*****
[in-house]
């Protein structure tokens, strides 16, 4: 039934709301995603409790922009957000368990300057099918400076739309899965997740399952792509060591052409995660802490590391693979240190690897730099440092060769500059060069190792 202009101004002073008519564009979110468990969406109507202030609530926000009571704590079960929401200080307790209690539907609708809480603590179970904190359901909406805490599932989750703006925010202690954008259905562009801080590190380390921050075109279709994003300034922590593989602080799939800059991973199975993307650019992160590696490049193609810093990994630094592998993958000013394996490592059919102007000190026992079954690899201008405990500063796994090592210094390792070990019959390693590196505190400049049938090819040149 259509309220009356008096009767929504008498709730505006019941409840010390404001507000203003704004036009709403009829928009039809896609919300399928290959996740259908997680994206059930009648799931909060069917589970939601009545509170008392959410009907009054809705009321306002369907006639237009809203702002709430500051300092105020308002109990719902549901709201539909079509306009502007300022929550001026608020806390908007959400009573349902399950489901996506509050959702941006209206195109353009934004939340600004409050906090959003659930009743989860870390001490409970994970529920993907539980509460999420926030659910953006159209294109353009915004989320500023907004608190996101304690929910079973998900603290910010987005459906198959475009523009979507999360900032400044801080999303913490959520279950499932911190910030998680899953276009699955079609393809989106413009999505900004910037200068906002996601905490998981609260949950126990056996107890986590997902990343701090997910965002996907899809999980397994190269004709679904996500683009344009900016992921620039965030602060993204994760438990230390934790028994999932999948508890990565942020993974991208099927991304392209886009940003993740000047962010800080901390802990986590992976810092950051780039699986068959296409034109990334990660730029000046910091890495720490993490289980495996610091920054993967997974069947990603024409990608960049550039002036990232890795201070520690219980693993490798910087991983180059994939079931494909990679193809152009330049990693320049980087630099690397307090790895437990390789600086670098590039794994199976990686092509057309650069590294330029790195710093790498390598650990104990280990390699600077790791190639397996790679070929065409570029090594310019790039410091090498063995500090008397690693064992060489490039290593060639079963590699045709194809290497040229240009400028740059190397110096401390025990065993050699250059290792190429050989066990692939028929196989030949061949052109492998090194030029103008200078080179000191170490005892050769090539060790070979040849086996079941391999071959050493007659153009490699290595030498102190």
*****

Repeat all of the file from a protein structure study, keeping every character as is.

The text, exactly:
[in-house]
């Protein structure tokens, strides 16, 4: 039934709301995603409790922009957000368990300057099918400076739309899965997740399952792509060591052409995660802490590391693979240190690897730099440092060769500059060069190792 202009101004002073008519564009979110468990969406109507202030609530926000009571704590079960929401200080307790209690539907609708809480603590179970904190359901909406805490599932989750703006925010202690954008259905562009801080590190380390921050075109279709994003300034922590593989602080799939800059991973199975993307650019992160590696490049193609810093990994630094592998993958000013394996490592059919102007000190026992079954690899201008405990500063796994090592210094390792070990019959390693590196505190400049049938090819040149 259509309220009356008096009767929504008498709730505006019941409840010390404001507000203003704004036009709403009829928009039809896609919300399928290959996740259908997680994206059930009648799931909060069917589970939601009545509170008392959410009907009054809705009321306002369907006639237009809203702002709430500051300092105020308002109990719902549901709201539909079509306009502007300022929550001026608020806390908007959400009573349902399950489901996506509050959702941006209206195109353009934004939340600004409050906090959003659930009743989860870390001490409970994970529920993907539980509460999420926030659910953006159209294109353009915004989320500023907004608190996101304690929910079973998900603290910010987005459906198959475009523009979507999360900032400044801080999303913490959520279950499932911190910030998680899953276009699955079609393809989106413009999505900004910037200068906002996601905490998981609260949950126990056996107890986590997902990343701090997910965002996907899809999980397994190269004709679904996500683009344009900016992921620039965030602060993204994760438990230390934790028994999932999948508890990565942020993974991208099927991304392209886009940003993740000047962010800080901390802990986590992976810092950051780039699986068959296409034109990334990660730029000046910091890495720490993490289980495996610091920054993967997974069947990603024409990608960049550039002036990232890795201070520690219980693993490798910087991983180059994939079931494909990679193809152009330049990693320049980087630099690397307090790895437990390789600086670098590039794994199976990686092509057309650069590294330029790195710093790498390598650990104990280990390699600077790791190639397996790679070929065409570029090594310019790039410091090498063995500090008397690693064992060489490039290593060639079963590699045709194809290497040229240009400028740059190397110096401390025990065993050699250059290792190429050989066990692939028929196989030949061949052109492998090194030029103008200078080179000191170490005892050769090539060790070979040849086996079941391999071959050493007659153009490699290595030498102190």